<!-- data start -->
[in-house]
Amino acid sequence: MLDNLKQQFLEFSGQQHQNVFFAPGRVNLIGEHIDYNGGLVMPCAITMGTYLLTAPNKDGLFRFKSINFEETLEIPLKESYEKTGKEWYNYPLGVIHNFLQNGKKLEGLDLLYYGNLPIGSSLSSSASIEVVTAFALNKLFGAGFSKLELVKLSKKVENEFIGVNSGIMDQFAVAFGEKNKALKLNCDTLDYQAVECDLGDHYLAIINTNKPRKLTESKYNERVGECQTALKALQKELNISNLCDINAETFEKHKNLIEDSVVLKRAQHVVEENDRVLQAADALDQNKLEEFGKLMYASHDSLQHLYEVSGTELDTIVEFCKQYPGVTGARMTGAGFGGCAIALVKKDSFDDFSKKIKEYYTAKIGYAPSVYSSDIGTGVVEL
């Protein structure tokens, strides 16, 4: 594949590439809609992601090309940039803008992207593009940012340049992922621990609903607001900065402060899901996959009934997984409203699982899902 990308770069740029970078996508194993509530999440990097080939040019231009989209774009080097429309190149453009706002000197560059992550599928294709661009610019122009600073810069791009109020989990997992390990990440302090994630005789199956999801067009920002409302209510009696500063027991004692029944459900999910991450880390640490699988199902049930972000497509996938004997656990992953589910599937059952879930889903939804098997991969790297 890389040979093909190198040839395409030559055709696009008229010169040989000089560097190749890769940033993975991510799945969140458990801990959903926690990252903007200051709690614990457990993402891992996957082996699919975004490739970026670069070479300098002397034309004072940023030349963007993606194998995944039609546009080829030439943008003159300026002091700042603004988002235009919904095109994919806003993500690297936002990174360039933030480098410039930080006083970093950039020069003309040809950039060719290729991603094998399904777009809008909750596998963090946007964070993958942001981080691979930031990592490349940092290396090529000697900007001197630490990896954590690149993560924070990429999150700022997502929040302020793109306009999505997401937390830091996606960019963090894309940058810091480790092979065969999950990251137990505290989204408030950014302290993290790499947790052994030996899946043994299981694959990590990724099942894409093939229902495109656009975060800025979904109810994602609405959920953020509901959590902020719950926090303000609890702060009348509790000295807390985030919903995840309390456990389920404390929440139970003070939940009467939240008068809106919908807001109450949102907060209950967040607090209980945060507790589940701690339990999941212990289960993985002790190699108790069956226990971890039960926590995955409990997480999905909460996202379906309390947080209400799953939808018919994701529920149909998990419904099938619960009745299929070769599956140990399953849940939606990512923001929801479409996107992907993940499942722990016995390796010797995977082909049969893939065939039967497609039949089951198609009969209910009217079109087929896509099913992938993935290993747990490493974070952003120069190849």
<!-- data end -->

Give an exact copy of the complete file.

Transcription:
[in-house]
Amino acid sequence: MLDNLKQQFLEFSGQQHQNVFFAPGRVNLIGEHIDYNGGLVMPCAITMGTYLLTAPNKDGLFRFKSINFEETLEIPLKESYEKTGKEWYNYPLGVIHNFLQNGKKLEGLDLLYYGNLPIGSSLSSSASIEVVTAFALNKLFGAGFSKLELVKLSKKVENEFIGVNSGIMDQFAVAFGEKNKALKLNCDTLDYQAVECDLGDHYLAIINTNKPRKLTESKYNERVGECQTALKALQKELNISNLCDINAETFEKHKNLIEDSVVLKRAQHVVEENDRVLQAADALDQNKLEEFGKLMYASHDSLQHLYEVSGTELDTIVEFCKQYPGVTGARMTGAGFGGCAIALVKKDSFDDFSKKIKEYYTAKIGYAPSVYSSDIGTGVVEL
């Protein structure tokens, strides 16, 4: 594949590439809609992601090309940039803008992207593009940012340049992922621990609903607001900065402060899901996959009934997984409203699982899902 990308770069740029970078996508194993509530999440990097080939040019231009989209774009080097429309190149453009706002000197560059992550599928294709661009610019122009600073810069791009109020989990997992390990990440302090994630005789199956999801067009920002409302209510009696500063027991004692029944459900999910991450880390640490699988199902049930972000497509996938004997656990992953589910599937059952879930889903939804098997991969790297 890389040979093909190198040839395409030559055709696009008229010169040989000089560097190749890769940033993975991510799945969140458990801990959903926690990252903007200051709690614990457990993402891992996957082996699919975004490739970026670069070479300098002397034309004072940023030349963007993606194998995944039609546009080829030439943008003159300026002091700042603004988002235009919904095109994919806003993500690297936002990174360039933030480098410039930080006083970093950039020069003309040809950039060719290729991603094998399904777009809008909750596998963090946007964070993958942001981080691979930031990592490349940092290396090529000697900007001197630490990896954590690149993560924070990429999150700022997502929040302020793109306009999505997401937390830091996606960019963090894309940058810091480790092979065969999950990251137990505290989204408030950014302290993290790499947790052994030996899946043994299981694959990590990724099942894409093939229902495109656009975060800025979904109810994602609405959920953020509901959590902020719950926090303000609890702060009348509790000295807390985030919903995840309390456990389920404390929440139970003070939940009467939240008068809106919908807001109450949102907060209950967040607090209980945060507790589940701690339990999941212990289960993985002790190699108790069956226990971890039960926590995955409990997480999905909460996202379906309390947080209400799953939808018919994701529920149909998990419904099938619960009745299929070769599956140990399953849940939606990512923001929801479409996107992907993940499942722990016995390796010797995977082909049969893939065939039967497609039949089951198609009969209910009217079109087929896509099913992938993935290993747990490493974070952003120069190849």